The debris on the sides is amazing, how high and how much. Where Hobbs brook comes in, there is a little pull off where we put in, there are huge piles.
No wood of consequence, but if we get another round of high water, and the debris piles start breaking up, it could get ugly.
From Darby Field down - about a mile or so downstream - past the class II rapid, the river widened and filled in with cobblestones, it gets braided and shallow in spots, loads of wood, but it is passable. It will continue to evolve with higher flows, including some movement in the downed trees and wood piles along the sides.
USGS Gage 01064485 reads 5.35' higher than painted gage in Cabin Gorge 50 yds upstream.
The visual gauge is painted on the gorge wall (also known as Cabin gorge) in the Lower Section; you have to stop along the Kancamagus to look at it. It is located about 1 mile below the Albany covered bridge. Look for cabins across the river as the river drops below the view from the road; park carefully along the narrow shoulder and look up against the cliff on river left.
3/4' .....minimum scratchy level
1.75......Low to medium
3' .......very high
In the summer of 2009 a new USGS gage was installed on the river right bank just downstream of the visual gage. The gage was part of a 2 year project and it was discontinued in 2011. Daily average flow data for this period is available at: USGS 01064485 SWIFT RIVER 0.5 MI BL HOBBS BR, NR CONWAY, NH Stage data is not available.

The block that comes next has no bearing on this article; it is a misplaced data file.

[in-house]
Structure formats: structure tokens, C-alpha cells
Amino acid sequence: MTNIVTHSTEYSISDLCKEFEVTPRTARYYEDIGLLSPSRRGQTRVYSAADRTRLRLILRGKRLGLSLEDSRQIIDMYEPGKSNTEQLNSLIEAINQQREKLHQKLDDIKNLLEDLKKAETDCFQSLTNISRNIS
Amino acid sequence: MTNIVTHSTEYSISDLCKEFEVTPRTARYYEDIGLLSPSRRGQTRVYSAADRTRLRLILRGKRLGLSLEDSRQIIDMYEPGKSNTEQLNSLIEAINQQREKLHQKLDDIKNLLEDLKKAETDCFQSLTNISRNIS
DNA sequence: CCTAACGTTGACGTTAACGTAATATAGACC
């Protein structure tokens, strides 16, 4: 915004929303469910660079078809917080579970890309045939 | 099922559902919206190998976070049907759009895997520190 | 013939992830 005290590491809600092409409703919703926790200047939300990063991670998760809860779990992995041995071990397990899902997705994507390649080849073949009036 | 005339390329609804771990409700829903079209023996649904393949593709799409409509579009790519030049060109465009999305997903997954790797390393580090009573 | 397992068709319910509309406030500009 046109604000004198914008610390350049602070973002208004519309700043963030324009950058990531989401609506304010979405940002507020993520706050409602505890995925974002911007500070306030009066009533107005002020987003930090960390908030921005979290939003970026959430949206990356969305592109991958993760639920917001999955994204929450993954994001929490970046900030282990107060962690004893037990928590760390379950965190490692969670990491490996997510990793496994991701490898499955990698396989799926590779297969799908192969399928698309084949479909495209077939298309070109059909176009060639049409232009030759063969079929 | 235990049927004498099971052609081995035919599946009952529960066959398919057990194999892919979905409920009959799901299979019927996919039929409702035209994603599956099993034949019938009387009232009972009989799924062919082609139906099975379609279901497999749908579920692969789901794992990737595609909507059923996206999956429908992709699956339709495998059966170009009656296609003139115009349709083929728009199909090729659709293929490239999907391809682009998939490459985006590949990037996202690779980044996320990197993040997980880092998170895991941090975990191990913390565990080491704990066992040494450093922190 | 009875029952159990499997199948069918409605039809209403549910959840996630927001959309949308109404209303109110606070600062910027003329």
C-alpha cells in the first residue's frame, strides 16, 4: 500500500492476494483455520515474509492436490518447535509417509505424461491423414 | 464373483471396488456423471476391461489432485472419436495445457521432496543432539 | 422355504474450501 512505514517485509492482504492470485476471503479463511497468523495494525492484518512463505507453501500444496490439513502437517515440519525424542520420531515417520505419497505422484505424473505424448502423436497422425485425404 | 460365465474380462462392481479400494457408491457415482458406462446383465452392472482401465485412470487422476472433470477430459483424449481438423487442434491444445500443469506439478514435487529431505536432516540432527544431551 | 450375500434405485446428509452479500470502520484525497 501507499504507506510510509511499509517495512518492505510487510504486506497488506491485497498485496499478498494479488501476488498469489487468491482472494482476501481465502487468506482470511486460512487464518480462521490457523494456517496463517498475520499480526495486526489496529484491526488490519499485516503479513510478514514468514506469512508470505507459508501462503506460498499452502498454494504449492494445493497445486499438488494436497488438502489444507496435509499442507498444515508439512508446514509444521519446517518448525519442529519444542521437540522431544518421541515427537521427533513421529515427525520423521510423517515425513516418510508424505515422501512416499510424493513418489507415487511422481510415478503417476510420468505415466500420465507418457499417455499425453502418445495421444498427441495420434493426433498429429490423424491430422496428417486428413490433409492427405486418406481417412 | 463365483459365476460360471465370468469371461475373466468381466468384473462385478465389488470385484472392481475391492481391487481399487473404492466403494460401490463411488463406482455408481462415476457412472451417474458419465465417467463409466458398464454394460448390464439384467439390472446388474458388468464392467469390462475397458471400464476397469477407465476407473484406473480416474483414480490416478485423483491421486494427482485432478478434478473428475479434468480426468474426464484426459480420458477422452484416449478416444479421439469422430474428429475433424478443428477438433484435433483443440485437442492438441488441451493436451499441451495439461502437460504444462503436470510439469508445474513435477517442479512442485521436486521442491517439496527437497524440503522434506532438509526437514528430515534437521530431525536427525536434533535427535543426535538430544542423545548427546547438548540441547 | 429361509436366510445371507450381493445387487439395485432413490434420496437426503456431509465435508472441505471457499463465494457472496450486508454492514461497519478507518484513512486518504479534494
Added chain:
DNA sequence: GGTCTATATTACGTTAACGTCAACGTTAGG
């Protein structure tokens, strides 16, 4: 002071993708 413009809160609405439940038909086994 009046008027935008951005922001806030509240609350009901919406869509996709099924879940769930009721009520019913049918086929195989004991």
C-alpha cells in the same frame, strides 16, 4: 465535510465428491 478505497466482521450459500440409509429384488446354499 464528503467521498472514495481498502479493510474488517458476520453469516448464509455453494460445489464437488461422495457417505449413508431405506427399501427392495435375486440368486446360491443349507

*RR=rising rapidly, RS=rising slowly, S=steady, FR=falling rapidly, FS=falling slowly, P=peaking, V=valley (transition falling to rising).
Estimated chance (%) of finding the river runnable.
January ............. 0%....frozen.
April................65%....Best chance mid to late April
May .................35%....Best chance in early May.
August................3%....Just a trickle
September.............8%....Tropical storms and their remains
November.............30%....Fall rains, dormant trees
December.............20%....River starts freezing early to mid month.
Be aware this is averaged out over several years. The % chance refers to the probability of finding the river running on any given day. For instance a 3% probability for August means on average you can only expect 1 day of water. One year there could be 2 days in August with water, other years none. Spring levels are usually higher than fall levels. The river rises and falls rapidly because of the small steep watershed. An occasional summer storm could bring the river up for a day.